15 Cool Stories of How 'Star Trek' Ships Got Their Names

NASA influenced a lot Trek's ship names, but did you know about the anime references?

On September 8, 1966, Star Trek was broadcast on network television for the very first time. The public birth of this sci-fi juggernaut is pretty much a national holiday for Trekkies. And though 51 years of going boldly might not be as fancy as last year’s mega 50th anniversary, it’s still nothing to shake a phaser at. With that in mind, one way for Trekkies to celebrate is by reveling in the characters of Star Trek seldom discussed in depth— the starships themselves. Trek creator Gene Roddenberry often said the true main character of the original Trek was the starship Enterprise, and now with the launch of Discovery just weeks away, another starship is poised to take the cosmic spotlight.

But why are all the Star Trek ships named what they are? Where do those names come from? If you want to know why many Starfleet vessels have the prefix “NCC” before their registry number, there isn’t a very good answer. Everyone involved with Trek has always said that “NCC” is meaningless. “USS” on the other hand stands either for “United Space Ship” or “United Star Ship.”

But, if you want to know why each ship has the moniker that it does, here’s a list of fifteen of Trek’s boldest starships, each with their secret name origin explained.


15. USS Yamato

A sister ship to the USS Enterprise-D, the Yamato was seen briefly in The Next Generation episode “Contagion.” It was named after a Japanese WWII aircraft carrier, but, some believe it was also named for the anime Space Battleship Yamato, sometimes called StarBlazers. Most official Trek books deny the second influence but it seems way too cool to be a coincidence.

14. USS Saratoga

There are two ships called the Saratoga in Trek canon and they look exactly the same. The first one appeared in Star Trek: IV: The Voyage Home. But the second one, and probably a little more famous was the ship Ben Sisko was serving aboard when he fought the Borg at the Battle of Wolf 359. This incident served as the prologue for all of Deep Space Nine, and as such, created the entire character of Sisko as we knew him.

But where did the name come from? The most likely answer is both Saratogas were named after a 1780 early American ship named USS Saratoga. Here’s the funny thing: this real life ship disappeared without a trace in 1781. Meaning, a Star Trek episode in which this ship comes out of a time vortex into the future is just waiting to happen.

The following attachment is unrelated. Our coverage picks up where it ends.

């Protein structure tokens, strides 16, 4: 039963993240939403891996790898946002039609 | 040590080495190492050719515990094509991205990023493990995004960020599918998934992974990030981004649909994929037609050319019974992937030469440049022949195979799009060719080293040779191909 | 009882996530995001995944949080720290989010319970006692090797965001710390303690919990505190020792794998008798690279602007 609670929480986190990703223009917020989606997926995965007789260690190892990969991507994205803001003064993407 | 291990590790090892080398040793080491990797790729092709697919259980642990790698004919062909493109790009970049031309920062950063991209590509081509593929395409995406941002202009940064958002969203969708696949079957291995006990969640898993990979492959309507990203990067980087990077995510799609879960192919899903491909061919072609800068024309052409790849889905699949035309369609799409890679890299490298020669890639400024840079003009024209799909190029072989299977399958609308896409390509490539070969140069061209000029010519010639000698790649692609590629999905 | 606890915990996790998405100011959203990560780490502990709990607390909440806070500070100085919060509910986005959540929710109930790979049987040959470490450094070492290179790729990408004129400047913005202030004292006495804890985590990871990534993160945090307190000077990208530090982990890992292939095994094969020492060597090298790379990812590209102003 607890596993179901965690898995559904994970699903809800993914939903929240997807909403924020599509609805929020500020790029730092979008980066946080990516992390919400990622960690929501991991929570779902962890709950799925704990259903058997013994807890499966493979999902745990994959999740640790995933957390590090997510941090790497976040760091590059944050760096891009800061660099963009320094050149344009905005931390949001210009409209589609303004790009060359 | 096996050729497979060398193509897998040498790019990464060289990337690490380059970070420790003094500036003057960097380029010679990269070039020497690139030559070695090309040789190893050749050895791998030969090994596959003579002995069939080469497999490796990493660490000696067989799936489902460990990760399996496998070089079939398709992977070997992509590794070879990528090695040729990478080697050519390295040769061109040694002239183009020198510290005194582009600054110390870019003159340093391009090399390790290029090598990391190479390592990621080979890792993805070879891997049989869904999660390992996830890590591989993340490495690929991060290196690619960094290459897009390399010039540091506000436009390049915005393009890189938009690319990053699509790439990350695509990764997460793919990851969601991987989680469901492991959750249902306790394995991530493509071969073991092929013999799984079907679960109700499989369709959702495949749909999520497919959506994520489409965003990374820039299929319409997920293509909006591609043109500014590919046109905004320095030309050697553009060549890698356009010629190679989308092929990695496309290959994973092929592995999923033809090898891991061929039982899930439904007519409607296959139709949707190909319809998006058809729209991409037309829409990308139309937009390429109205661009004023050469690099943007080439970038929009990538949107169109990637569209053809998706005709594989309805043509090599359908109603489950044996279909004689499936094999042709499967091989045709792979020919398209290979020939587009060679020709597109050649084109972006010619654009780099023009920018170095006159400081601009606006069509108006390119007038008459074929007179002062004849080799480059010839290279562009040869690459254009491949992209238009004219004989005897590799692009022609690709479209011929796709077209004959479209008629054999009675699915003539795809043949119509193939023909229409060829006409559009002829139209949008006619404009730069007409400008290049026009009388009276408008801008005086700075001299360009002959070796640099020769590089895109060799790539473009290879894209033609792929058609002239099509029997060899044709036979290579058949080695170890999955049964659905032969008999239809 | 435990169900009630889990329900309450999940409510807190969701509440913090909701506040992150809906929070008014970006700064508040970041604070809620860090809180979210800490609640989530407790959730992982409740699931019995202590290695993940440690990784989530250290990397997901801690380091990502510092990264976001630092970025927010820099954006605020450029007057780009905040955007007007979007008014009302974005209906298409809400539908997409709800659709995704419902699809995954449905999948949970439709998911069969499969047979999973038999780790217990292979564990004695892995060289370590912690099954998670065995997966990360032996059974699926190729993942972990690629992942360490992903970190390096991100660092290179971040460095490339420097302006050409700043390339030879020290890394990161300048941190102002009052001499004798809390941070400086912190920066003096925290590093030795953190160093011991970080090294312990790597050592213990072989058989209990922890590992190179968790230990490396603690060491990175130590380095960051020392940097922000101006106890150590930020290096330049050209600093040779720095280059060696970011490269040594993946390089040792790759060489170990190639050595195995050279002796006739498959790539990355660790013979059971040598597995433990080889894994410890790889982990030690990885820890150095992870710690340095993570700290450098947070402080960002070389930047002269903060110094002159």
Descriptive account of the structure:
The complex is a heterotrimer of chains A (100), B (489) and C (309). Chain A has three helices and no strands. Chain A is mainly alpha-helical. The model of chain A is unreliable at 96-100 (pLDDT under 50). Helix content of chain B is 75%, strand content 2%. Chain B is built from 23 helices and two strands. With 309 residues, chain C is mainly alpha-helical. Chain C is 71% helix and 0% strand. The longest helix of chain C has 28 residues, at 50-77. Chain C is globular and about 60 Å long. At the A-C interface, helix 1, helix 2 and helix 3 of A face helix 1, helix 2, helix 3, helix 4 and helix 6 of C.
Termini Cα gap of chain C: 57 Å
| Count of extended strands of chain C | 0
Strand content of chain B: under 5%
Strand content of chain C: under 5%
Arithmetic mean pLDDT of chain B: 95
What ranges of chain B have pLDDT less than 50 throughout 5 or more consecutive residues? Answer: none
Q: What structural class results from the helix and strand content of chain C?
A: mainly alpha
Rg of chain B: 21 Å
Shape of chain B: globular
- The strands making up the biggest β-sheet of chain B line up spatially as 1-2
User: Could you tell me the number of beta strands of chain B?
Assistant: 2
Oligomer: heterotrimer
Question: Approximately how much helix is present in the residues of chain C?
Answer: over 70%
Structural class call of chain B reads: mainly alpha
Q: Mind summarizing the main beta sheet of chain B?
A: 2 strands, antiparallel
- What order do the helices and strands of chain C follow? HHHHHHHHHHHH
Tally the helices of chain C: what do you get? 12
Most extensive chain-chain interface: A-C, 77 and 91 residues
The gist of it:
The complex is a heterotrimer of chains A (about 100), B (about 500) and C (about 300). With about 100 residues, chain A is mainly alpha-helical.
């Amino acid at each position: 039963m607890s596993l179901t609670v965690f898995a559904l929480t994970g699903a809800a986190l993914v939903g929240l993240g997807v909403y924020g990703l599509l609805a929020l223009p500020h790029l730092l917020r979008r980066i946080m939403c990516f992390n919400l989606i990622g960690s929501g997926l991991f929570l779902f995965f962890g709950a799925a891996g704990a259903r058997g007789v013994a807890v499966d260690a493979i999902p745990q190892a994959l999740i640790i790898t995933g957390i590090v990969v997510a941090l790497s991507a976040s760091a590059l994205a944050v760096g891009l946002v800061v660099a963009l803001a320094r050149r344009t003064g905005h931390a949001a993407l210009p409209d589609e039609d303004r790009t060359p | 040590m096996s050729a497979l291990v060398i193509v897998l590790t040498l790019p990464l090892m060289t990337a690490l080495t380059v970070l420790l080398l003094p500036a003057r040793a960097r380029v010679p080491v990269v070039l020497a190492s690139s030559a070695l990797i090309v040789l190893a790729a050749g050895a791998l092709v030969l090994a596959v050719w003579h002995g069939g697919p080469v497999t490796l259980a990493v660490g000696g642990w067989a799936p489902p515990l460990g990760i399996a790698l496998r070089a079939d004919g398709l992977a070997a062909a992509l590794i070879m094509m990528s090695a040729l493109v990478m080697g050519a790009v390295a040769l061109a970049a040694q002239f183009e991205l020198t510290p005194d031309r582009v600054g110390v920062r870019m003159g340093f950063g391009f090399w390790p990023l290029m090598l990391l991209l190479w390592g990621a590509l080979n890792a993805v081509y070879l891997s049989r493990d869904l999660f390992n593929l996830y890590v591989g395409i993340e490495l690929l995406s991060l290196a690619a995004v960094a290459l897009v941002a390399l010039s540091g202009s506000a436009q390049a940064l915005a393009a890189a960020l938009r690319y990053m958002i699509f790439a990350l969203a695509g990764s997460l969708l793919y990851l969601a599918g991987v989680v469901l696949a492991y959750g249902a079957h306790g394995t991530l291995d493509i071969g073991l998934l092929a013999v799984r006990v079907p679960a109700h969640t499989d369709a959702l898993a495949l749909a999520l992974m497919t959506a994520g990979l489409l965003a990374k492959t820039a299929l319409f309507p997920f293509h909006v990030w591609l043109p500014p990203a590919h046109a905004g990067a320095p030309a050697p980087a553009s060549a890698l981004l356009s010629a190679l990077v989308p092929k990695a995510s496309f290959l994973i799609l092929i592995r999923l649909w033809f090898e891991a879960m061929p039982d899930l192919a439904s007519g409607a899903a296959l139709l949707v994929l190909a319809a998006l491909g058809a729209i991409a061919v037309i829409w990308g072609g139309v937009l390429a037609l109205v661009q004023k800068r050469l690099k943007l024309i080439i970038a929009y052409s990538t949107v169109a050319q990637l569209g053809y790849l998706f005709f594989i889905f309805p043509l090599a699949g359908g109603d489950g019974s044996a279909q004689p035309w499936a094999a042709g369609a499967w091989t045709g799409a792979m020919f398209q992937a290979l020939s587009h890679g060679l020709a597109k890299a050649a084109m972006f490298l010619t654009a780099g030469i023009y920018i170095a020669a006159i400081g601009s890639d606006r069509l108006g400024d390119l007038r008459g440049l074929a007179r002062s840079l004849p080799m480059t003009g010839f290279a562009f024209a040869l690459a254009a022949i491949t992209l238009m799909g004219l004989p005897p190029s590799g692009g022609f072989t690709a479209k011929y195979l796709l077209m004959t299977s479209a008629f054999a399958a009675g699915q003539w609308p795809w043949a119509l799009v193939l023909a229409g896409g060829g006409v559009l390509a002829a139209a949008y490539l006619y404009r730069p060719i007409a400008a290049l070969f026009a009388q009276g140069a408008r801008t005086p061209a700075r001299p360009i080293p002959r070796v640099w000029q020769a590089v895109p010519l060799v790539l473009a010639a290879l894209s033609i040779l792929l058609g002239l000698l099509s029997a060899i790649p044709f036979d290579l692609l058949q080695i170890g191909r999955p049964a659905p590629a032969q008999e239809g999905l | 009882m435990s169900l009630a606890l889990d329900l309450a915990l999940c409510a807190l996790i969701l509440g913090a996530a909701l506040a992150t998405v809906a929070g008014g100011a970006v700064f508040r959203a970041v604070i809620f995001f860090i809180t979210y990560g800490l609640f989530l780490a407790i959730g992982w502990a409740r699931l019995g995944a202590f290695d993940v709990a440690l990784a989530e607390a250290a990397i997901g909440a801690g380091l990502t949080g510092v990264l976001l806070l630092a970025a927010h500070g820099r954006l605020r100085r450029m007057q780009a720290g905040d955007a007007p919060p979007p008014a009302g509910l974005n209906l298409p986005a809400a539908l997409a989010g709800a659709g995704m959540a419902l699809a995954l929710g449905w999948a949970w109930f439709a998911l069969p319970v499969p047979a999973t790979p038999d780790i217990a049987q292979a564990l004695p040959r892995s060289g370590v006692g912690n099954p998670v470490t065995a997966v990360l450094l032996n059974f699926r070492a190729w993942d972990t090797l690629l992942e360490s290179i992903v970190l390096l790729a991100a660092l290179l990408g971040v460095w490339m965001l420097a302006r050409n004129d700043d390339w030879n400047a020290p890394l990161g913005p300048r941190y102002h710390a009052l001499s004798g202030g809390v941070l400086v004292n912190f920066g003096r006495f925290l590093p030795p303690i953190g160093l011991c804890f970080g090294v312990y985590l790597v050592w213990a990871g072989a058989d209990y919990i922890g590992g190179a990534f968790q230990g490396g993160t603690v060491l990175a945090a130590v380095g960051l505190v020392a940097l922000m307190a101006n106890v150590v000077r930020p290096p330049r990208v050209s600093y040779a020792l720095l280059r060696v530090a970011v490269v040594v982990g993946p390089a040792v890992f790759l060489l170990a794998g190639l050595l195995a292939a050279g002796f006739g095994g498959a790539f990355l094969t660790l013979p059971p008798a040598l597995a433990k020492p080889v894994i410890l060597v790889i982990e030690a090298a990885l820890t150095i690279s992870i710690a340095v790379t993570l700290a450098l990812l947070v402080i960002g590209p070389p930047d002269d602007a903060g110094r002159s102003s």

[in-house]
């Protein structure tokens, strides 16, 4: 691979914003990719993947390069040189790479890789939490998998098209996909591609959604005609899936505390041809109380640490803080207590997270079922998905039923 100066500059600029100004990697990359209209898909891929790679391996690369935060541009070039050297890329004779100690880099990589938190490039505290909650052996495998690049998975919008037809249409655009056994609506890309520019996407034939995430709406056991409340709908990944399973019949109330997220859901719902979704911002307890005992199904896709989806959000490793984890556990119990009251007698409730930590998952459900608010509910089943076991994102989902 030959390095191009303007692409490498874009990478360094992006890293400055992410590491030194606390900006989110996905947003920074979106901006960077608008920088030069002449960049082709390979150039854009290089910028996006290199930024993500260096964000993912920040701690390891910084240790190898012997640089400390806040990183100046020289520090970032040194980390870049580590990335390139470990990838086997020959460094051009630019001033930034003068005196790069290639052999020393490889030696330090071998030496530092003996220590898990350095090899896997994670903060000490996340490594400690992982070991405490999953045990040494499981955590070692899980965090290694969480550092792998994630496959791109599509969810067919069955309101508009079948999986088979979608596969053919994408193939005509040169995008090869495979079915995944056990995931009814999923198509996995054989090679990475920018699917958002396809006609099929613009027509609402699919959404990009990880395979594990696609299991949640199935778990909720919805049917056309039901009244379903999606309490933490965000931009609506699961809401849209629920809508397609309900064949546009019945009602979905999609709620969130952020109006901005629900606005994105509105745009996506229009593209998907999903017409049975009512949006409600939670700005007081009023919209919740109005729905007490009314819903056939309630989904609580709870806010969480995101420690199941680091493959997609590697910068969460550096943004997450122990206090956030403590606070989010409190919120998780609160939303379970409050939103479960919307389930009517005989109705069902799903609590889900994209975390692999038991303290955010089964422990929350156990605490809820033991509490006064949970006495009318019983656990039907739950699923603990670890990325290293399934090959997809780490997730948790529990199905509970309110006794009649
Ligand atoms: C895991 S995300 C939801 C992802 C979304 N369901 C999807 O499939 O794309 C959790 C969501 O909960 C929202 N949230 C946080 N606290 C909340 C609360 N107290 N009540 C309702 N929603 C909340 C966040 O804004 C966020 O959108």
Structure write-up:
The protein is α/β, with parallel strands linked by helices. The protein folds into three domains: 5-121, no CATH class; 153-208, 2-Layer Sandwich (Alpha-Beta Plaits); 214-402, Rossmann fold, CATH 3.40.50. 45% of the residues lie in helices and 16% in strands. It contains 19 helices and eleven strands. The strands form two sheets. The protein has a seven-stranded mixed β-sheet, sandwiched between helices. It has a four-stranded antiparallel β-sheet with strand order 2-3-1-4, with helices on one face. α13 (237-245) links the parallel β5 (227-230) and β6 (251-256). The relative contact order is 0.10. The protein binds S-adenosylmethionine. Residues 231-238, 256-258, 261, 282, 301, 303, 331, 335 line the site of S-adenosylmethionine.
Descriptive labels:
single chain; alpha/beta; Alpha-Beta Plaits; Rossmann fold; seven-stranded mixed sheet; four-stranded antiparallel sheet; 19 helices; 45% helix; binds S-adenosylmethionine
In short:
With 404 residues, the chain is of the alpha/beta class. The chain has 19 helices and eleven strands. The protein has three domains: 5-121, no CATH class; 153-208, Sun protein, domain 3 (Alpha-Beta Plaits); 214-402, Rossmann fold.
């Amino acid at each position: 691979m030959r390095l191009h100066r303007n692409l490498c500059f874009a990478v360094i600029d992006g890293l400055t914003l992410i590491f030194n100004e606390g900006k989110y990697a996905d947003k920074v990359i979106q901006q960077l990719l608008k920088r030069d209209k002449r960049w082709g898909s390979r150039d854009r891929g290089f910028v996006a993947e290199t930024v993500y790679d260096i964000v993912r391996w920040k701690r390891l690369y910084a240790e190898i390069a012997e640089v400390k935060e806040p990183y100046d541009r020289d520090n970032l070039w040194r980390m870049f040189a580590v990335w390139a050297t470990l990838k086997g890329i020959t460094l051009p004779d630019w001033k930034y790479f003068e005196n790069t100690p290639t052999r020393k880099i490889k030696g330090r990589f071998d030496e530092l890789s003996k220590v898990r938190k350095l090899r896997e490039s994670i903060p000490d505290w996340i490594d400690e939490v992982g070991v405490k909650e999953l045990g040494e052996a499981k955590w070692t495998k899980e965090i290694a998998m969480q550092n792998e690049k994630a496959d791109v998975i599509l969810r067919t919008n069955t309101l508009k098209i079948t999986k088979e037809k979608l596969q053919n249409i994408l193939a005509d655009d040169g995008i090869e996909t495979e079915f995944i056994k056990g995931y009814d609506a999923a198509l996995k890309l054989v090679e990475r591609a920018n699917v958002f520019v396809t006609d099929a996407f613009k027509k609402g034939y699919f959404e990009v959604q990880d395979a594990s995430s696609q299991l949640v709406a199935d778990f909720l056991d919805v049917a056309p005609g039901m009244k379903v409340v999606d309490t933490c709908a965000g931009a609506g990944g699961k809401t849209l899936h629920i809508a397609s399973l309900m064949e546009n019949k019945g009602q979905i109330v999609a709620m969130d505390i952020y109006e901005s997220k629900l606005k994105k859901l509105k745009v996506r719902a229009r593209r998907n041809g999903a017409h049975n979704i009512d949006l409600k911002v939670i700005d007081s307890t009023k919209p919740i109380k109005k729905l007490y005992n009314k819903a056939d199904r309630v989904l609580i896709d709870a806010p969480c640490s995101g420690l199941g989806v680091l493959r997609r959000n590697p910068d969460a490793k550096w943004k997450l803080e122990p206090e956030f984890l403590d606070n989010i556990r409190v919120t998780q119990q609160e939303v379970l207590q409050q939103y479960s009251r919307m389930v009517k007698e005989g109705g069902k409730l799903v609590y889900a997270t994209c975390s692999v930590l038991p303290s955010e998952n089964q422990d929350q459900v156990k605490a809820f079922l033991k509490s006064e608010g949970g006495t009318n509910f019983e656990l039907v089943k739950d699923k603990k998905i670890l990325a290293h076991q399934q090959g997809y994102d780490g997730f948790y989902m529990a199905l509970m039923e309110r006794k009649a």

13. USS Grissom

In Star Trek III: The Search For Spock, a science vessel with David Marcus and Saavik aboard hits up the planet Genesis. And even though Grissom has a lame captain and a sad fate, its name comes from historic NASA astronaut Gus Grissom. He flew for NASA during the Mercury program and was the first NASA astronaut to go into space twice.

12. USS Kelvin

In an alternate timeline, created by J.J. Abrams, James T. Kirk wasn’t born in Iowa, he was born in space! In the 2009 Star Trek reboot, George Kirk — Jim’s father — served on the USS Kelvin. This name comes from a friend of J.J. Abrams. That’s the whole origin. Abrams puts the word “Kelvin” in all of his movies. In Star Wars: The Force Awakens, Rey mentions “Kelvin ridge.”

11. Akira-class Starships

Several ships that battled the Borg in Star Trek: First Contact were called Akira-class ships. Though this name didn’t show up on-screen, it is in all the official Star Trek books. And it 100 percent is inspired by the seminal sci-fi Anime film, Akira.

10. USS Defiant

Like the Saratoga, there are two ships named USS Defiant in Trek canon. But, they look wildly different and serve very different plot functions. The first one comes from the Original Series episode “The Tholian Web,” and was sister of ship of the classic Enterprise. In a bit of a sci-fi double whammy, the Defiant was transported to another dimension and sent back in time. Meaning, after its first appearance in the classic series, it reappeared in the evil “Mirror Universe” on Star Trek: Enterprise. This happened in a two-parter called “In a Mirror Darkly,” which was mostly an excuse for actors in 2005 and wear ‘60s-style Trek go-go boots and skin-tight tunics.

The second Defiant was the main-ride for the Deep Space Nine crew. This ship was a badass warship designed to fight the Borg. It could turn invisible with its cloaking device and was beloved by everyone. Seriously, Trekkies fucking love the Defiant. The second Defiant was probably named for the first one in Trek canon, but both ships are most likely named after several, several British ships throughout history all called HMS Defiance.

9. DS9’s Runabouts

Before space station Deep Space Nine got a smooth getaway vehicle called the Defiant, it was equipped with three souped-up shuttlecraft called “Runabouts.” To make these ships seems more legit — and less lame — each one had an ostentatious name. USS Rio Grande, USS Ganges, USS Yangtze Kiang. and so forth. But why? Turns out all these ships were named after rivers on Earth. In fact, the whole type of ship was called Danube-class.

Could the whole “Danube” thing be a roundabout reference to the use of Strauss’s “Blue Danube Waltz” in the classic sci-fi movie 2001: A Space Oddessy? I don’t know. Is Captain Jean-Luc Picard’s name a reference to French New Wave cinematic genius Jean-Luc Godard? Seems like if Star Trek is as cool as we think it is, the answer to both questions is: yes, of course.

8. USS Reliant

This one is a bit of a misnomer insofar as the Reliant wasn’t very reliable. After being commandeered by Khan, the Reliant became the instrument of his infamous wrath against James T. Kirk. Like both versions of the Saratoga the Reliant was designated as a “Miranda-class” starship, which is a reference to the Shakespeare character Miranda from A Midsummer Night’s Dream. The name Reliant itself probably originates with the civil war era steamship named Reliance.